Cisco Live Chief execs polled in a major survey have little time for their cybersecurity folk and believe complying with security regulations hampers business.
Some 71 per cent of 1,000 top bosses surveyed by Cisco feel that efforts to shore up IT defences slows the pace of commerce. The study is due to be published next month.
Big cheeses cheesed off with security staff getting in the way of profit may well rid themselves of their troublesome priests, though: Craig Williams, senior technical leader at Cisco's security biz Talos, believes quite a few bods working in computer security will not be in the sector in the next five years.
And that's because, we're told, the nature of the job will change dramatically and not everyone will want to get onboard.
"A large percentage of the engineers out there will probably be doing something else," Williams said at Cisco Live in Berlin this week. "I think security has moved away from being something that involves configuring a firewall to something that is more data and analytic driven. I think a lot of [workers] will make the shift but a lot of them won’t."
He added: "If you don’t like constantly learning about security, you are probably in the wrong business."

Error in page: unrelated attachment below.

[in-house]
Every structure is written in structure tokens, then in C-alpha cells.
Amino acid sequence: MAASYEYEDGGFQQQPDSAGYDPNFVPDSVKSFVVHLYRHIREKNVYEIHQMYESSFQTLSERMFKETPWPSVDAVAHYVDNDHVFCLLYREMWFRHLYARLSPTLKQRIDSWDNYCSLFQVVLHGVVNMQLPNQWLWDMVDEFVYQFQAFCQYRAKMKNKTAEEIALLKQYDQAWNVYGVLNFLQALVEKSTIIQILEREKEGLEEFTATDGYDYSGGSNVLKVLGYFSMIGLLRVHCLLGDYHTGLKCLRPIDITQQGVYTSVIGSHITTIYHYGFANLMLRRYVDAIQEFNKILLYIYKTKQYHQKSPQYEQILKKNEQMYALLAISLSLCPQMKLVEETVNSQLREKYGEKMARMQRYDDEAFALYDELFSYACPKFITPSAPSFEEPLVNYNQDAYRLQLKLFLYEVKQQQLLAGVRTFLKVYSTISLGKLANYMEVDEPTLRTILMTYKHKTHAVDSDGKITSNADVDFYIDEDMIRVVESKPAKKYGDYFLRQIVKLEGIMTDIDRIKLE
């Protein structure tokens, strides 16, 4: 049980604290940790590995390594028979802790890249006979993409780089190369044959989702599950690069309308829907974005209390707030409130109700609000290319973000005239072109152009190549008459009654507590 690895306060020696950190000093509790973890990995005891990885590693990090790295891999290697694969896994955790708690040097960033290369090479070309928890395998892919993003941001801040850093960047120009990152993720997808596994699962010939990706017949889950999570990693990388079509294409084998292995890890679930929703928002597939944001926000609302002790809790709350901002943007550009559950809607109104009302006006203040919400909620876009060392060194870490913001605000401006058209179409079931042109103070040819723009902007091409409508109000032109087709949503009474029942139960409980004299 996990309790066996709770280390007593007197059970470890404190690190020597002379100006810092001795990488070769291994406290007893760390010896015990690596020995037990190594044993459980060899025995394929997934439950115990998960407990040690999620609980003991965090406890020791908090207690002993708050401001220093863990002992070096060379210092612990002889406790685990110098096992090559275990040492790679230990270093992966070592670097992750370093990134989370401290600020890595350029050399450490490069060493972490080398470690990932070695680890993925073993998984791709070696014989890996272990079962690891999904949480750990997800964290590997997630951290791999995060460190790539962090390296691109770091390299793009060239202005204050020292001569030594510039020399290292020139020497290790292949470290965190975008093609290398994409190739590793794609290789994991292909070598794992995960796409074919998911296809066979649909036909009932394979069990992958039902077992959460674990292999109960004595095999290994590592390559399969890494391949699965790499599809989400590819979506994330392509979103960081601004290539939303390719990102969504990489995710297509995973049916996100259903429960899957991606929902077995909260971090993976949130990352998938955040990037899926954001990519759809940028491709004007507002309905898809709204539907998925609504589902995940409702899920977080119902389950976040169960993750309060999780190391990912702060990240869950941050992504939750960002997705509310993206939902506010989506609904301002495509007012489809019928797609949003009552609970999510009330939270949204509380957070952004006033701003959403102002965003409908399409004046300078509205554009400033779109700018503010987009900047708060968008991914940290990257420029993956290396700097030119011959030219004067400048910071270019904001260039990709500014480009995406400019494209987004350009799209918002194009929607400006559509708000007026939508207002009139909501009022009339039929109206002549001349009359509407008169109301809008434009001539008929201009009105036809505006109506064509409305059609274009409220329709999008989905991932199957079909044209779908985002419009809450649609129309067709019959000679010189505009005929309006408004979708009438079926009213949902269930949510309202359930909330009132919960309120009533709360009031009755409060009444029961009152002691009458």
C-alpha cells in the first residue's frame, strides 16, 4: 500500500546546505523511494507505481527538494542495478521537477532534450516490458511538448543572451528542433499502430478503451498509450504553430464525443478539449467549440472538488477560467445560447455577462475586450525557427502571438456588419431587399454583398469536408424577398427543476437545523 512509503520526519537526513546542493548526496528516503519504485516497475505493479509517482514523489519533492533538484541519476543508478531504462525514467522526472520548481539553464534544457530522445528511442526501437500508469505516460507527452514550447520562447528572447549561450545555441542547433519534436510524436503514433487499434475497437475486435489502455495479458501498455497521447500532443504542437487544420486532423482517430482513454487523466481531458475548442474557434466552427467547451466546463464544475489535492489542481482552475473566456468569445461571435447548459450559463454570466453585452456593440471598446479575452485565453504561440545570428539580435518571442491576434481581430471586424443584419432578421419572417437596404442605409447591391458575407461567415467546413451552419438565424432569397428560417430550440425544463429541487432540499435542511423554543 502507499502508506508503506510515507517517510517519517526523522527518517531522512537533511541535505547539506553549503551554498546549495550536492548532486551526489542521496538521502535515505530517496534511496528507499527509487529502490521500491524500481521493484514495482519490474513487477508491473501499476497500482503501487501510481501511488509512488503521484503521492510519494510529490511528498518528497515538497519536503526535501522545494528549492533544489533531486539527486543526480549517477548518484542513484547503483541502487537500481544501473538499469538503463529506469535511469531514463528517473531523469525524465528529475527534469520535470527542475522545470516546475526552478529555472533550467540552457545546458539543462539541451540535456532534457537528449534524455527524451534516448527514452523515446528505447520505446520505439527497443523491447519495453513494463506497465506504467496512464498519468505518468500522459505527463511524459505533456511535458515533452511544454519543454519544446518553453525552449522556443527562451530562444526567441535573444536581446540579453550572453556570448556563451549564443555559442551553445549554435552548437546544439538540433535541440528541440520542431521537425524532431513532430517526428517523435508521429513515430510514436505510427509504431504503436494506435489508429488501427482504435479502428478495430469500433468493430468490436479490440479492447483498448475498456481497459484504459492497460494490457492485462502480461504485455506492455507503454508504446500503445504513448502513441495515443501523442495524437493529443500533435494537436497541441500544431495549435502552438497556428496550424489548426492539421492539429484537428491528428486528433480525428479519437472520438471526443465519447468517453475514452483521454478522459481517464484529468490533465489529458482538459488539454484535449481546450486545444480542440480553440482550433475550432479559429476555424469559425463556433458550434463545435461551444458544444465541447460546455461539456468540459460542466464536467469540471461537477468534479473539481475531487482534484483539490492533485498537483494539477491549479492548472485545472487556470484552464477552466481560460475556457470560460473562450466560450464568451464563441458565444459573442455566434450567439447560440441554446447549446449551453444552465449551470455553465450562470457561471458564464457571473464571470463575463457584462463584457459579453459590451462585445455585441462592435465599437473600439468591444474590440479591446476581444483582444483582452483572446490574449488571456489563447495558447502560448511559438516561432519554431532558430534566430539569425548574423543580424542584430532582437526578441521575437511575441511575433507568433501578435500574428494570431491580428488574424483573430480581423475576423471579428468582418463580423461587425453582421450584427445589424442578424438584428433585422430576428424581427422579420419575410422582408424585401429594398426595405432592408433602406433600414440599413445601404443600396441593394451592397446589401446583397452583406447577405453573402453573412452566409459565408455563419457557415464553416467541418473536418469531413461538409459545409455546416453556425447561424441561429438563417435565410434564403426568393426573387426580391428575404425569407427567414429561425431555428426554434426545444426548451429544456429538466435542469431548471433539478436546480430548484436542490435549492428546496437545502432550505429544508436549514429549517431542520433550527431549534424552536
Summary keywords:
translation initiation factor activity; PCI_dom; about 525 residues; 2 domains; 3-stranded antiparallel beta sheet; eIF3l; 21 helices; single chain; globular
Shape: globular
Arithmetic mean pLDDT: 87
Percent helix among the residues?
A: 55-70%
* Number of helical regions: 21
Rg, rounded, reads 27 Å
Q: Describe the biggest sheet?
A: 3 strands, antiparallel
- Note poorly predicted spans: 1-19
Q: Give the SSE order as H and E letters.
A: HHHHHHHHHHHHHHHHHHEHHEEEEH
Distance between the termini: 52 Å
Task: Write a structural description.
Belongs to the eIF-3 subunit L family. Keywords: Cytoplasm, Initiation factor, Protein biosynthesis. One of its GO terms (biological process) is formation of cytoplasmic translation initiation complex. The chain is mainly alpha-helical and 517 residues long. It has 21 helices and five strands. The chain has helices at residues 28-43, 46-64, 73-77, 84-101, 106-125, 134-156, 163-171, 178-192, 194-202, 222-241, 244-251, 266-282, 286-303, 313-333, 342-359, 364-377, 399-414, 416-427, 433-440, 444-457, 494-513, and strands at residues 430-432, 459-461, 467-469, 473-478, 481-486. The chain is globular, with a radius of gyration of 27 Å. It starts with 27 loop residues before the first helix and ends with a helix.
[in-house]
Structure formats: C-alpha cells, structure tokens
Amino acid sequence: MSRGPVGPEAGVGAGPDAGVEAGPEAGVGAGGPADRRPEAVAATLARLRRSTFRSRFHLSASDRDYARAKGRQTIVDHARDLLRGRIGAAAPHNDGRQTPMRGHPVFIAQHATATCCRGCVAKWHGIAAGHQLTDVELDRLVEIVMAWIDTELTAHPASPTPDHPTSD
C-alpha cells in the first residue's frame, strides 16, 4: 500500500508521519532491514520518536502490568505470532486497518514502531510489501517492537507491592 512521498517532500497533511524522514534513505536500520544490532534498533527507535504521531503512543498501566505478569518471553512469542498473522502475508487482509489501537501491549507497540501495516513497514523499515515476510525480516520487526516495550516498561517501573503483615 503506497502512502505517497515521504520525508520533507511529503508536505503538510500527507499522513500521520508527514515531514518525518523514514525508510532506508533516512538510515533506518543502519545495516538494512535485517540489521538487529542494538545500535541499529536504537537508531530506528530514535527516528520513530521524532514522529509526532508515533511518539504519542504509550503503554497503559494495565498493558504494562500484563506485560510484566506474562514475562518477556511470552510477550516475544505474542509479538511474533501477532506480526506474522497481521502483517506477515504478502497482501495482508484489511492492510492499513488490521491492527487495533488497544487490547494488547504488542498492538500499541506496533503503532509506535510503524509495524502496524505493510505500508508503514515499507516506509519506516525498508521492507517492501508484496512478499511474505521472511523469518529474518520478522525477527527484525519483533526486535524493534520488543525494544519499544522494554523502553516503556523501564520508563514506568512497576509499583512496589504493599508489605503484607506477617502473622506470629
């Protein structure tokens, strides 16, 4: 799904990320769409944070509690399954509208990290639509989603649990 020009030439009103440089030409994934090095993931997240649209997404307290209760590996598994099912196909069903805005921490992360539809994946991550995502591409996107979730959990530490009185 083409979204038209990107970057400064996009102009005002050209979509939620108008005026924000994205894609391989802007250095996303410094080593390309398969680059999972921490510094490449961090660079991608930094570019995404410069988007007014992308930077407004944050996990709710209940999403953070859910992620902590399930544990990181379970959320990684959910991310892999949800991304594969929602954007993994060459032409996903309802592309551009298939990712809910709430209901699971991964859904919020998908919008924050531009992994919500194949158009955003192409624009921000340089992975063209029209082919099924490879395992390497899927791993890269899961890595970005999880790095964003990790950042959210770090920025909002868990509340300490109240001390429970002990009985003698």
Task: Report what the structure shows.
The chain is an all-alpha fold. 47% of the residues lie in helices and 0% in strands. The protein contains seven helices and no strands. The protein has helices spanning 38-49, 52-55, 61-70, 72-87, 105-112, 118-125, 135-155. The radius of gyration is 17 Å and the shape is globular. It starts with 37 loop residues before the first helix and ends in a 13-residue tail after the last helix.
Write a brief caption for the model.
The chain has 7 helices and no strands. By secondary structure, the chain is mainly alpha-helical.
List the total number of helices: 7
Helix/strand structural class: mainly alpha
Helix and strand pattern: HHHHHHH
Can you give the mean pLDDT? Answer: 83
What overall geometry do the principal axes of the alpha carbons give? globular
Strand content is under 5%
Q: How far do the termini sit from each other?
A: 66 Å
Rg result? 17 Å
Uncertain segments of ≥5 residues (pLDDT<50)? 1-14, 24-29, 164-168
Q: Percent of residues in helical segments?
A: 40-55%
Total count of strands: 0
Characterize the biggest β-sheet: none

Adam Philpott, director of cybersecurity at Cisco EMEA, agreed the types of security jobs are changing. He said there will be a shift to greater automation in areas such as provisioning employees' mobile phones.
"That is something we can do automatically these days and free people up to do more intellectual activities, so to speak," he said.
There's also the matter of securing the Internet of Things; so many gadgets in this space have been found laced with vulnerabilities and poor cryptography. Philpott said these security flaws are due to developers facing commercial pressures in getting their products on the shelves as soon as possible, causing them to cut corners or make mistakes in a rush. "This is a really rapid market," he said. "The time to market is getting faster not slower."
Cisco's security wing is worth around $2bn, we're told, and has been fuelled by many recent acquisitions. Philpott said the company will "certainly" be making more.
Of its own recently reported security flaws, such as asking service providers using its Universal Small Cell kit to install a patch, Philpott said: "Nothing is ever produced 100 per cent secure. We will continue to have vulnerabilities, but we will always be very transparent about how we deal with them." ®
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